Wine has been around for as long as anyone can remember, and probably much, much longer than that. It’s always been a strong part of human culture, and synonymous with having a good time.
Contrary to its perception in today’s age, wine remains, at it’s core, extremely simplistic. It means sharing. It means companionship and brotherhood. If you were an ancient Roman, it meant cheerfully passing out on the floor of your domus every day after dinner.
But in spite of its simplicity, wine still remains calmly enigmatic, stumping all attempts to truly understand it. From generations of vineyard owners to the legendary Master Sommeliers alike, nobody can ever really say that they know everything there is to know about wine.
Let’s take a little jump back in time now, to about 8,000 years ago. We’ve found evidence of wine that goes that far back, in Georgia. The ancient Greeks had a God of Wine, Dionysus* – many of our modern practices are derived from theirs.
It was a pretty major part of Egyptian culture and history, too, being one of the many items that Pharaohs were entombed with.
* For those of you not interested in Classical Mythology, you’ll find multiple references (and occasional appearances) to Dionysus in the Percy Jackson book series.
Ancient Rome was one of the largest influences on the growth, study, and business of wine. If France, Italy and Germany are the most famous wine producers today, it’s because of these guys. Wine was an essential part of their diet. In fact, it got so crazy that Roman leaders actually had to uproot half their vineyards so that their people would drink less.
Following the spread of Catholicism to the rest of Europe, wine then became part of the celebration of Mass, as part of the Communion. Word soon spread about the order of the Benedictine Monks, who were working wonders with wine in the Champagne region.*
* To those of you familiar with the name Dom Perignon, he was a monk in the Benedictine Order. His contribution to the study of winemaking was immense. The most prestigious Champagne from the house of Möet et Chandon is named after him.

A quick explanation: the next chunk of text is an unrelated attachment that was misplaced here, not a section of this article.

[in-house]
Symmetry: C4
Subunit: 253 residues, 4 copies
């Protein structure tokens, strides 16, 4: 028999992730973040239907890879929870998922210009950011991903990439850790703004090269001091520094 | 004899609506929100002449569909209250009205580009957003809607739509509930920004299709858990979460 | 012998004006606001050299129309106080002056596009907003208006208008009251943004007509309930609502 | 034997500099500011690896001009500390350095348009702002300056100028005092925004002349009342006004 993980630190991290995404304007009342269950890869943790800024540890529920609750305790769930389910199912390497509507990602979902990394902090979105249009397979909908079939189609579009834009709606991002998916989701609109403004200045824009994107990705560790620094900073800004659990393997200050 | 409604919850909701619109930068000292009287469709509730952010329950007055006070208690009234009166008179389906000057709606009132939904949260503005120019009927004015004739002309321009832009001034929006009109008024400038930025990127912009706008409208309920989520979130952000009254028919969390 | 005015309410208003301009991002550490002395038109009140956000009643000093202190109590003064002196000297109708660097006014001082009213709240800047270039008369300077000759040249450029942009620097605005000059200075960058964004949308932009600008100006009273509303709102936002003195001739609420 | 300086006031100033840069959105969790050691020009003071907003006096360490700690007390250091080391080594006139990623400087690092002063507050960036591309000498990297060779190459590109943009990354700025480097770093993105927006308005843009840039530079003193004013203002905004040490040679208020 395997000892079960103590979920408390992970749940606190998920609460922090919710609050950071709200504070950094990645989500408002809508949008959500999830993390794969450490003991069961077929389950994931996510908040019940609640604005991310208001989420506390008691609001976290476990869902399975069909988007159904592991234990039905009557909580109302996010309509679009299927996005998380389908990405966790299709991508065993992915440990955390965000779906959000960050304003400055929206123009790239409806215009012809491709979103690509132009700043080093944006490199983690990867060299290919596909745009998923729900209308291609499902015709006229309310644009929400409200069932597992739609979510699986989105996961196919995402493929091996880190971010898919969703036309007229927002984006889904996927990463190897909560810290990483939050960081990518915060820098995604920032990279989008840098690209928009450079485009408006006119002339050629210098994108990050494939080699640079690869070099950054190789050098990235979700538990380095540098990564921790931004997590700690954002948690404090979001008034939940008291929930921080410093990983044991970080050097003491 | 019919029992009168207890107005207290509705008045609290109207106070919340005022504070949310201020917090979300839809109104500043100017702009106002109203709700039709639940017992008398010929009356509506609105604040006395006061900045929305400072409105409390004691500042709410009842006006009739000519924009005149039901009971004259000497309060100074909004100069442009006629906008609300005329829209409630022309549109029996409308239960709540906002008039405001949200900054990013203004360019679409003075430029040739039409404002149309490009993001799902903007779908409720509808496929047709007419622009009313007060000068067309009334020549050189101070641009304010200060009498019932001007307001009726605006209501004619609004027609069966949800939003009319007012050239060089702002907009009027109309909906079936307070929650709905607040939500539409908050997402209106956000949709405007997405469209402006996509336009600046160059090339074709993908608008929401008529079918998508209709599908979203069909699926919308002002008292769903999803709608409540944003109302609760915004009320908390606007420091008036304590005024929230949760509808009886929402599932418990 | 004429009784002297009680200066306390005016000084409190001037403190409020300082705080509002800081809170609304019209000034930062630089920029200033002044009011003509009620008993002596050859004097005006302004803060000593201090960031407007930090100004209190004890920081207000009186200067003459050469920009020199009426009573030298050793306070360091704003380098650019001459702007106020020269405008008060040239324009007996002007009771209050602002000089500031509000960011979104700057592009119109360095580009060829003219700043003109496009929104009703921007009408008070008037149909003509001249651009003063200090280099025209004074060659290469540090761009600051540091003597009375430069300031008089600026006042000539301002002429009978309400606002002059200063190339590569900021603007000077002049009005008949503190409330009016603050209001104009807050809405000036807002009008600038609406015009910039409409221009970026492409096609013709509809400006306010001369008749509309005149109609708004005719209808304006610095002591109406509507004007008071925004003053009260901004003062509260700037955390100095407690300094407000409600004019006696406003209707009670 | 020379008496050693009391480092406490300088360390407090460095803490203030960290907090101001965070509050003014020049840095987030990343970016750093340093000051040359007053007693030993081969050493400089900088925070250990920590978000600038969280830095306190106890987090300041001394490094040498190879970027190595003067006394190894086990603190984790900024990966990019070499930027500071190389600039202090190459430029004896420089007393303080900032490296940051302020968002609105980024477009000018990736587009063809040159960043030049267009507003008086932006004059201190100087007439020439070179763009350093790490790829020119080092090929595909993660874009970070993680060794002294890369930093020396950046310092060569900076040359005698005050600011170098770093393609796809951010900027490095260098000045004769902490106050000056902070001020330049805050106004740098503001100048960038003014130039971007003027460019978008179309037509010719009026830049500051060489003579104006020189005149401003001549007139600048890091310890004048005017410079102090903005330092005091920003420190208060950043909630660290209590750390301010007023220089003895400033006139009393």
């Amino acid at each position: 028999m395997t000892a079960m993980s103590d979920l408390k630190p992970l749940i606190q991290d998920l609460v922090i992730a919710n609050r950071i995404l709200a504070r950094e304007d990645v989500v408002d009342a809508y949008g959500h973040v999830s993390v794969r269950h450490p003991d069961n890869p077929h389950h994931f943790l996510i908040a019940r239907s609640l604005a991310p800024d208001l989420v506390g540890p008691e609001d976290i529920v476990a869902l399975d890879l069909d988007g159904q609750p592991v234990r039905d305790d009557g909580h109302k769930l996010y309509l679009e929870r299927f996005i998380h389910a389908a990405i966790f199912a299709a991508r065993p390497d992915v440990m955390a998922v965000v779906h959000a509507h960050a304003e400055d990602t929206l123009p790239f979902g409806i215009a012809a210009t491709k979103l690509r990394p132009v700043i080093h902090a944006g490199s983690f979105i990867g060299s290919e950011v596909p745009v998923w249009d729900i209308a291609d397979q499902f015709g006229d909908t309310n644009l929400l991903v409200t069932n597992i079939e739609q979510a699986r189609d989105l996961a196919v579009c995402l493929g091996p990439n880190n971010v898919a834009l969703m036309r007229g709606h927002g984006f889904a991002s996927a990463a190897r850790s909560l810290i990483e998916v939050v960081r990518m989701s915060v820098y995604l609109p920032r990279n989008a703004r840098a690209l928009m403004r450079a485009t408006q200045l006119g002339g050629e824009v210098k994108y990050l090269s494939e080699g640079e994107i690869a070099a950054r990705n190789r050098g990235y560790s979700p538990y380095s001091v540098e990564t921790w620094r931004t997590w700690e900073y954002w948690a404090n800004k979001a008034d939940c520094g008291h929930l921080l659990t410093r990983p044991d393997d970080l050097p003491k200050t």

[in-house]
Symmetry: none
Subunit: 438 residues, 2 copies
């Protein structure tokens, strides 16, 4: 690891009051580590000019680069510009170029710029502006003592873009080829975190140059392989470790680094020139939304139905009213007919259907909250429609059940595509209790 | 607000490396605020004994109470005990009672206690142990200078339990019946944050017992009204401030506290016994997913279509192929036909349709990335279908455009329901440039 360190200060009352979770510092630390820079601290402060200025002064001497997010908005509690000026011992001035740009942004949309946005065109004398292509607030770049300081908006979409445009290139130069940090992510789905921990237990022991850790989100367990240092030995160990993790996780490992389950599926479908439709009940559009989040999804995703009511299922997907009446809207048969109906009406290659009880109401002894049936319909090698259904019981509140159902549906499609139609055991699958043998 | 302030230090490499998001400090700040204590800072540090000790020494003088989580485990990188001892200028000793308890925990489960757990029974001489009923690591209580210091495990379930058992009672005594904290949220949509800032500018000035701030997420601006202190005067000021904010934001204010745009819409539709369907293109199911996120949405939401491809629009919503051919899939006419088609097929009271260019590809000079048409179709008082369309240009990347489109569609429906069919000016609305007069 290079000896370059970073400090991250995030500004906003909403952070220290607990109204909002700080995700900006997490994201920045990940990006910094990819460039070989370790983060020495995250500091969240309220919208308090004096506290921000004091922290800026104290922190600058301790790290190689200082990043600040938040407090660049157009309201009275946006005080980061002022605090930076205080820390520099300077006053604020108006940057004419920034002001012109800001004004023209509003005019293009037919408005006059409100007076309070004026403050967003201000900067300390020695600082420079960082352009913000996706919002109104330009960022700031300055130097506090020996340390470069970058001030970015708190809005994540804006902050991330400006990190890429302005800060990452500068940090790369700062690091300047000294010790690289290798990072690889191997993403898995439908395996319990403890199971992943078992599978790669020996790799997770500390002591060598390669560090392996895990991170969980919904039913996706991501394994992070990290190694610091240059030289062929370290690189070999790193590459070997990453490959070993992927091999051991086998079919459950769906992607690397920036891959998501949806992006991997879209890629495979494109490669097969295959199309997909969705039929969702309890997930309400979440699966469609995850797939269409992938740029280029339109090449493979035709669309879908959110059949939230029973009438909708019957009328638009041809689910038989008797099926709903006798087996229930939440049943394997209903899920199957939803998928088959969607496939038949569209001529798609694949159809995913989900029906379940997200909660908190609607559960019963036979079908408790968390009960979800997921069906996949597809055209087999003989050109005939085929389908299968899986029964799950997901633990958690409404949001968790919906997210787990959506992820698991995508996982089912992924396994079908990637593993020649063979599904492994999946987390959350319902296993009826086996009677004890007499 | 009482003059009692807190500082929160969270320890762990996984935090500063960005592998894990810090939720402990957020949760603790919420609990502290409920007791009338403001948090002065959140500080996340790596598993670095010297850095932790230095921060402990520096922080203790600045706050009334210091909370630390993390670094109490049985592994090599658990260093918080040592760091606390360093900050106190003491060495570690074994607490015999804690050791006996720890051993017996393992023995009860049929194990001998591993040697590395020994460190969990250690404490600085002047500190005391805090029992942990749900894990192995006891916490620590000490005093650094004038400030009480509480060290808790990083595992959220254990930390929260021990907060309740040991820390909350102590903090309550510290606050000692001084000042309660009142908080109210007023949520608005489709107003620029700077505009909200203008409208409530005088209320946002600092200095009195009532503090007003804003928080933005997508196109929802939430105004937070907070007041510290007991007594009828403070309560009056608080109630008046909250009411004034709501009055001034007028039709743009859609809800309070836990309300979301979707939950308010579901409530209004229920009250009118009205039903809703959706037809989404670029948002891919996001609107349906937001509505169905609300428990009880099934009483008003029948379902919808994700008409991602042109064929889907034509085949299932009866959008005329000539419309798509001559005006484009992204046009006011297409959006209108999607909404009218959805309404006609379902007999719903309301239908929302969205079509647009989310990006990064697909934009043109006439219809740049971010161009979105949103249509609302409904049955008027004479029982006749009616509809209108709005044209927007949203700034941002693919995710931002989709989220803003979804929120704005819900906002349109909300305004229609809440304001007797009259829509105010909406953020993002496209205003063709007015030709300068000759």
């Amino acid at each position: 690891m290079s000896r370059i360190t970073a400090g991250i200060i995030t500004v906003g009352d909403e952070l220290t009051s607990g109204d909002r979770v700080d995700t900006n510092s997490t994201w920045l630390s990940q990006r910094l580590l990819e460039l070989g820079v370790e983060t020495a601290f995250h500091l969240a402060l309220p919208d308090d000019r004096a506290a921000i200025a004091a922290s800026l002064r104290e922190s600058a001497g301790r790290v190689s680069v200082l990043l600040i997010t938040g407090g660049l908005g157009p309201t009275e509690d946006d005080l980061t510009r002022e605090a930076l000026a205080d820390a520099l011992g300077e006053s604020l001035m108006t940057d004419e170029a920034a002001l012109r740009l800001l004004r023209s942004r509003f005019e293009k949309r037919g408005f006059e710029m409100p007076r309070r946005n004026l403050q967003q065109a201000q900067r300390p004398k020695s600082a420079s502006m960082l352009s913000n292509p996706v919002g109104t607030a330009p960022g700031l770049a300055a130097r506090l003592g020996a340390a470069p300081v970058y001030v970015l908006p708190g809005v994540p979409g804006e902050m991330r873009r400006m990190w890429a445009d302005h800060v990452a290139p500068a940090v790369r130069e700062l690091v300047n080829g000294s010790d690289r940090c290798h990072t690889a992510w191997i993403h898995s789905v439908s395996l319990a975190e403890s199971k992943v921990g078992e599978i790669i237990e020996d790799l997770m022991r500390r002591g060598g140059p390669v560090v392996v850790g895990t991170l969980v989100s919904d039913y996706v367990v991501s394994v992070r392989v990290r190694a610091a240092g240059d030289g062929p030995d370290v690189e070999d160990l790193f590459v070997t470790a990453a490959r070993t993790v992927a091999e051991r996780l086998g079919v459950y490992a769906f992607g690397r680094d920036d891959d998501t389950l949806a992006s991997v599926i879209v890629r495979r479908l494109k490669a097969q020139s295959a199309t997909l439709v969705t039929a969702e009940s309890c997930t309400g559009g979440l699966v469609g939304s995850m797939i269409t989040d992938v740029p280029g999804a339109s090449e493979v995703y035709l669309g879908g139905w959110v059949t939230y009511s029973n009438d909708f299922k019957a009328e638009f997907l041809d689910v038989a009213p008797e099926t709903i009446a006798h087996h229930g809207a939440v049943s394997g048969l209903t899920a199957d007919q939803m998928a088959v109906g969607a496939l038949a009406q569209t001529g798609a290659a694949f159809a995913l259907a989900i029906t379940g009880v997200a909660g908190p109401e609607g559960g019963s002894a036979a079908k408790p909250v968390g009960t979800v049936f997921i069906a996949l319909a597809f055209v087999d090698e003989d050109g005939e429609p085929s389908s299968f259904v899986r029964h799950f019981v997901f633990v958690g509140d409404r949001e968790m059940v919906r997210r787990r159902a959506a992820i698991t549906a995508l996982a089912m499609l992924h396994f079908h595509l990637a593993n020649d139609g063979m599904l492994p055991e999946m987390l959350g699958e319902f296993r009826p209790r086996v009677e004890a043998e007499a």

Wine eventually spread to South America in the 16th Century, where Mexico became a leading producer. Today, Argentina and Chile are famous wine producing areas from South America.
One of the biggest tragedies in winemaking, however, remains the phylloxera blight of the 19th Century. Scientifically speaking, phylloxera is a stupid, microscopic bug with an unjustified, unfair appetite for quality wine. It reached Europe by piggybacking on imported American grapevines.*
* Winemaking grapes (called vitis vinifera), are a different species from the American variety, which actually produce terrible wine.
It then proceeded to methodically obliterate many of France’s prime vineyards, including those in Bordeaux, Burgundy, and southern Rhône. If that doesn’t sound like a big deal, the damages were estimated to be about ten billion francs. And this was in the 19th Century.
The solution was ironic, because the same American grapes that brought the blight, ended up saving the wine business in Europe from extinction. Phylloxera attacked and poisoned the roots of the vines, and the vinifera vines were extremely susceptible to it. The American grapevine roots, however, had a natural resilience to the bug. So by grafting the American vine root onto the vinifera shoot, the problem was solved.
We may not have been there at the time, but every wine enthusiast today sheds a mental tear every time they hear about the Blight. Sigh.
Another, much more recent historical event (the good kind, though) occurred in 1976.
American vineyards had been producing wine since the 19th Century, but were always considered inferior to their European rivals (especially the French).
The Judgment of Paris, as it is called, was a competition held in Paris in 1976, where wines from different regions were blind tasted (the tasters do not see the bottle or the label, or anything that could influence their decision, apart from the taste). To everyone’s surprise, Californian wines were found to be of higher quality than the others in the blind tasting, winning both the red and white wine categories. The competition included long-time champions from Bordeaux, as well as many other established, prestigious vineyards from France.
It was a historic moment for the movement of New World Wines, giving them the necessary push to gain popularity among the masses, and eliminating the belief that good wine could come only from Europe.
Since then, the world has become more receptive to wines from South Africa, Australia and Chile, and it’s possible India might emerge as one of those markets as well.
To study wine is to the study the world, because it ages as the world does. I’ve tried to be as brief and succinct as possible, but that’s often difficult with such a vast subject. Wine has been around since prehistoric times, witnessing the rise and fall of every great empire, hundreds upon hundreds of wars, famines, floods, droughts and natural disasters, and has impacted, and been impacted by, each of those events.
And it still remains a strong part of human culture. More than 8,000 years of ripe history, and it has many, many more yet to come.
I’ll drink to that.